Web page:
• Hi Rebecca! Your example certainly demonstrates the point of the post. Because you are (I imagine, judging by your website) very familiar with the subject matter, you instantly knew you’d be wasting your time with the MT output. MT would probably only have seemed helpful if you had had no experience with the subject matter and maybe not even then depending on your intentions (i.e., to learn something rather than just to get the job done quickly). Would you have gotten the same translation in that case and using MT? I doubt it without your current knowledge.

      I share your hope that there are still a few years left in this job. And yes, may it be a rewarding or at least half interesting job for those years! Thanks for commenting.

  2. Pingback: Legally Yours from Spain | Specialisation versu...

  3. I think a professional translator should run a session in which they show how they use MT. I’d be happy to volunteer!

    When your text contains, say, Universidad de Córdoba, then having a machine translation version containing University of Córdoba (which might be hard to dictate, especially if you want to keep the diacritic) is very useful.

    Even if the rest of the sentence is complete gibberish, I can still make use of the term that is correctly translated.

    My workflow might be as follows.

    -When I move to the row (in MemoQ), it automatically inserts the MT version and places my cursor at the start.
    -I translate my text up to the term, so my segment now looks, say, like this: “Her children studied at the His sons studied at the University of Córdoba, where they…” (so, the part before “His” is my human translation and the part after “His” is the machine translation)
    -Use shift+control+right to select “His sons studied at the” and hit delete.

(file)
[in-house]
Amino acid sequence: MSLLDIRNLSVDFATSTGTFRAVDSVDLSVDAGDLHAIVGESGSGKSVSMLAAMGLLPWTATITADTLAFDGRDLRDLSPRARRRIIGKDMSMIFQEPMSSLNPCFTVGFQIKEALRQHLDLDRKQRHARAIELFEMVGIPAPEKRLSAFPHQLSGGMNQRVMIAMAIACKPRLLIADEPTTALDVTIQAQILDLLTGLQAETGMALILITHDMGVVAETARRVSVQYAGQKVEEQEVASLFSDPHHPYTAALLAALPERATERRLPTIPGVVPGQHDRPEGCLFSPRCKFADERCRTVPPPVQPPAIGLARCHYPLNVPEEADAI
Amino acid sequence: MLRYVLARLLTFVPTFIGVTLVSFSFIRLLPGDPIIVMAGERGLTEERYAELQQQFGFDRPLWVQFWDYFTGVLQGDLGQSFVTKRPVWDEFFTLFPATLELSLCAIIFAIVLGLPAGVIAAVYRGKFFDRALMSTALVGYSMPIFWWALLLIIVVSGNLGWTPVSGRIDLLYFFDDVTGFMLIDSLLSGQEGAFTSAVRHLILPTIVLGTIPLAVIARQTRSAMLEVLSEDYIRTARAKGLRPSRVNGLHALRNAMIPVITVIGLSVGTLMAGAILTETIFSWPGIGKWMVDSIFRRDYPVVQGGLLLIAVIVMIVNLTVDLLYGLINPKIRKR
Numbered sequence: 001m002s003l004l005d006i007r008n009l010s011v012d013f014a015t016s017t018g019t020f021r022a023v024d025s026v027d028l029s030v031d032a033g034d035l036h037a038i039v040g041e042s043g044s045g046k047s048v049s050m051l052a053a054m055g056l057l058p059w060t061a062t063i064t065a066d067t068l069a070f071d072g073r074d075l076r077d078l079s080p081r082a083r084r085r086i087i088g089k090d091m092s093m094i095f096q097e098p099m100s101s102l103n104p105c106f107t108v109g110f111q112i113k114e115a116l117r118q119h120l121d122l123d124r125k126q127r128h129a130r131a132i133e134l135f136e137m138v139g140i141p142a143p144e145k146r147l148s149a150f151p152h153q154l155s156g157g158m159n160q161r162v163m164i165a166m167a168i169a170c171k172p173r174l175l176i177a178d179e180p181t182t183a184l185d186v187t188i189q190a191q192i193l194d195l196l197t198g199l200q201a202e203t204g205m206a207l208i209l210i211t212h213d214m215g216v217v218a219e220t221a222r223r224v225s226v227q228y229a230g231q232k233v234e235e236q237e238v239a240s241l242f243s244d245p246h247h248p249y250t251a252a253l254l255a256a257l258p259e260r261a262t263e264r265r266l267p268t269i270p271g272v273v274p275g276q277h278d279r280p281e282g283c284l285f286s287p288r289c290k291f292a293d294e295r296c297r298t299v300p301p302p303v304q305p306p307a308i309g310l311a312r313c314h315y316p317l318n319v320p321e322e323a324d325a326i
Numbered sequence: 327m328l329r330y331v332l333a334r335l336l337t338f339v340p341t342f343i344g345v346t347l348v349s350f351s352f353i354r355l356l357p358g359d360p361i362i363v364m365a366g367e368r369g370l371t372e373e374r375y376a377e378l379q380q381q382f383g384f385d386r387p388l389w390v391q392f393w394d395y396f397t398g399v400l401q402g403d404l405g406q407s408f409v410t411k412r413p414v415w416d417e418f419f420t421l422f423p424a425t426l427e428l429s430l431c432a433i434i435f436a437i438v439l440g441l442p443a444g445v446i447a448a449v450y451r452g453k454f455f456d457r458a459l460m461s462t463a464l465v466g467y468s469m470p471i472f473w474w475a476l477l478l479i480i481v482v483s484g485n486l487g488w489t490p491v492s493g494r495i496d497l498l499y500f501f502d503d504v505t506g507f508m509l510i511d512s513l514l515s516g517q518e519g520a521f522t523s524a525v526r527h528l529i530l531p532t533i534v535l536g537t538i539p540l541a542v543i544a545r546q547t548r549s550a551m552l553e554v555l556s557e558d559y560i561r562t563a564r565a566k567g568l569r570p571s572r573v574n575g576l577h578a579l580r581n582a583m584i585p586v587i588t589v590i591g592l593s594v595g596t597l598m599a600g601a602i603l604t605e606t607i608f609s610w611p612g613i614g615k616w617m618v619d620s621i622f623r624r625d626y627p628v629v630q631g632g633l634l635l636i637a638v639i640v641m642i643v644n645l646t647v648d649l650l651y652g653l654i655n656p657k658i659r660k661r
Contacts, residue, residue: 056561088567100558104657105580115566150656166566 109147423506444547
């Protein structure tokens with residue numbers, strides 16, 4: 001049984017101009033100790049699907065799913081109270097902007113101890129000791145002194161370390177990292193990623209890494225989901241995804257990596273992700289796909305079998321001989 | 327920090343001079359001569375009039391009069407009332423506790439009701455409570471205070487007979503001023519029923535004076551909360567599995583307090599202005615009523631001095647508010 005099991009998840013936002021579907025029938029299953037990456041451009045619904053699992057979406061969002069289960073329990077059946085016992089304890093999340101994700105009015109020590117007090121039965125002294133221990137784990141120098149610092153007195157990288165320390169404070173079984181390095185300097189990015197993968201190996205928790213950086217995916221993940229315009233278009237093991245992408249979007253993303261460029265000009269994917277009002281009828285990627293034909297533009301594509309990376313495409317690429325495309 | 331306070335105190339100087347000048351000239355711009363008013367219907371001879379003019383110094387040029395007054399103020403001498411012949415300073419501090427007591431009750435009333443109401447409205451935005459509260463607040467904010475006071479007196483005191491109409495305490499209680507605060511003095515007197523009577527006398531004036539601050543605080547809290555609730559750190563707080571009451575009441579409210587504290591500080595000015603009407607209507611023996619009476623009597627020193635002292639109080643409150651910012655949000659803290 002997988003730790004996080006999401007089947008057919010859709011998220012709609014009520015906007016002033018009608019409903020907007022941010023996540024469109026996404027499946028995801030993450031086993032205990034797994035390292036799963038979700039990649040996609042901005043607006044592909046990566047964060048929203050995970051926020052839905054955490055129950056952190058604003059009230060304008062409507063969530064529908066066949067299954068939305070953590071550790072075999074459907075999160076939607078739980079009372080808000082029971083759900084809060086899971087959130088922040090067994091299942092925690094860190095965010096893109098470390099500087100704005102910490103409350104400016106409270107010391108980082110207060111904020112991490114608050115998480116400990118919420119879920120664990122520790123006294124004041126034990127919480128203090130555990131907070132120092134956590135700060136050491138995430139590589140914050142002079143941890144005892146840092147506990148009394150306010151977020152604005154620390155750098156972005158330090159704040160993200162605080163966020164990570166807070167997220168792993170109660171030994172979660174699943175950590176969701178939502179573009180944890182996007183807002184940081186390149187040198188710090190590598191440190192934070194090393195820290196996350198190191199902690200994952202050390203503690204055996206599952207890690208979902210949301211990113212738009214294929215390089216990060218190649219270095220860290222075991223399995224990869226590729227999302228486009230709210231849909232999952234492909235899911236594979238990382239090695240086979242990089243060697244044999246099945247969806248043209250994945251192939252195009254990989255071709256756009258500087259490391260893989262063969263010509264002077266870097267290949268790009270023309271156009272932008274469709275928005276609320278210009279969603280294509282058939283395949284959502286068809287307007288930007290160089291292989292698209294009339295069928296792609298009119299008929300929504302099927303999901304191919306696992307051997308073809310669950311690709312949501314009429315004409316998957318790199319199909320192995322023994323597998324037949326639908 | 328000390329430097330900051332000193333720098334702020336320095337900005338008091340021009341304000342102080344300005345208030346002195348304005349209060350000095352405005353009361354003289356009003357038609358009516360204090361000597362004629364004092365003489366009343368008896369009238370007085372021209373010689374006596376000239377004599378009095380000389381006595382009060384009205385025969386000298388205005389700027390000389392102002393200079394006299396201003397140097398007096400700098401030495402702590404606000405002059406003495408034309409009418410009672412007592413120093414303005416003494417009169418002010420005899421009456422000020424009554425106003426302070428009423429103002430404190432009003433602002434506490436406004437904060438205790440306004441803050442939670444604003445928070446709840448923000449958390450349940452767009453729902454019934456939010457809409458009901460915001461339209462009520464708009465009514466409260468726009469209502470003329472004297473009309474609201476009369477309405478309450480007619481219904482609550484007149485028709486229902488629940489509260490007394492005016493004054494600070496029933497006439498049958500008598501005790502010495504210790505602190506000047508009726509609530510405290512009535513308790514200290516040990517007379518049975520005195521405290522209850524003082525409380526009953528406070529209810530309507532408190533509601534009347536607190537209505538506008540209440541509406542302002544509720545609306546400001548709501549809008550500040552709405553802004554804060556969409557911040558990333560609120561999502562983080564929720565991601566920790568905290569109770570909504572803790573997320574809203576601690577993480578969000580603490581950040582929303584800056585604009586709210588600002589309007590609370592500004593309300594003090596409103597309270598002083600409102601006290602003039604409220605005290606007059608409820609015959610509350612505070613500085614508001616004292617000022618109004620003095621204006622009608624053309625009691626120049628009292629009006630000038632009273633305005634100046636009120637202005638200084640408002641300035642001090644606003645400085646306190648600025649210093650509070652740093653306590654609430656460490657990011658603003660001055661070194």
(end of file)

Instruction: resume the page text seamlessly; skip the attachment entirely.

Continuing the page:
-If the term were more complex, at this point I would select the term and say “Google that” in the microphone to look it up, but it wouldn’t be necessary in this case.
    -Use shift-right to place the cursor after “Córdoba” and continue dictating.
    -When I reach the end of my translation and I’ve said “full stop”, I use the voice command “Delete and validate” to delete the remaining machine translation part to the right of the full stop and validate the row.

    If I’m dealing with a sentence where I don’t use the machine translation, I just translate as normal, but I say “Delete and validate” instead of “Confirm row”, so it literally takes no extra time, but the machine translation is there in case there’s anything that might be useful. If you don’t use voice-activated macros, you would just press shift-ctrl-pagedown (or shift-ctrl-end in DVX) then press delete.

    To sum up, while I agree that post-editing is often far slower, I also think that having MT switched on is useful and it doesn’t have to slow you down.

    PS Feel free to credit me as the “someone” who posed the question at MET!

    • A session like that would be good, and you sound like the person to give it! I admit I probably haven’t given MT a good enough go to be able to write it off completely. I’d be in a much better position to do so (or not) if I could see exactly how you someone like you uses it. PS You have been credited!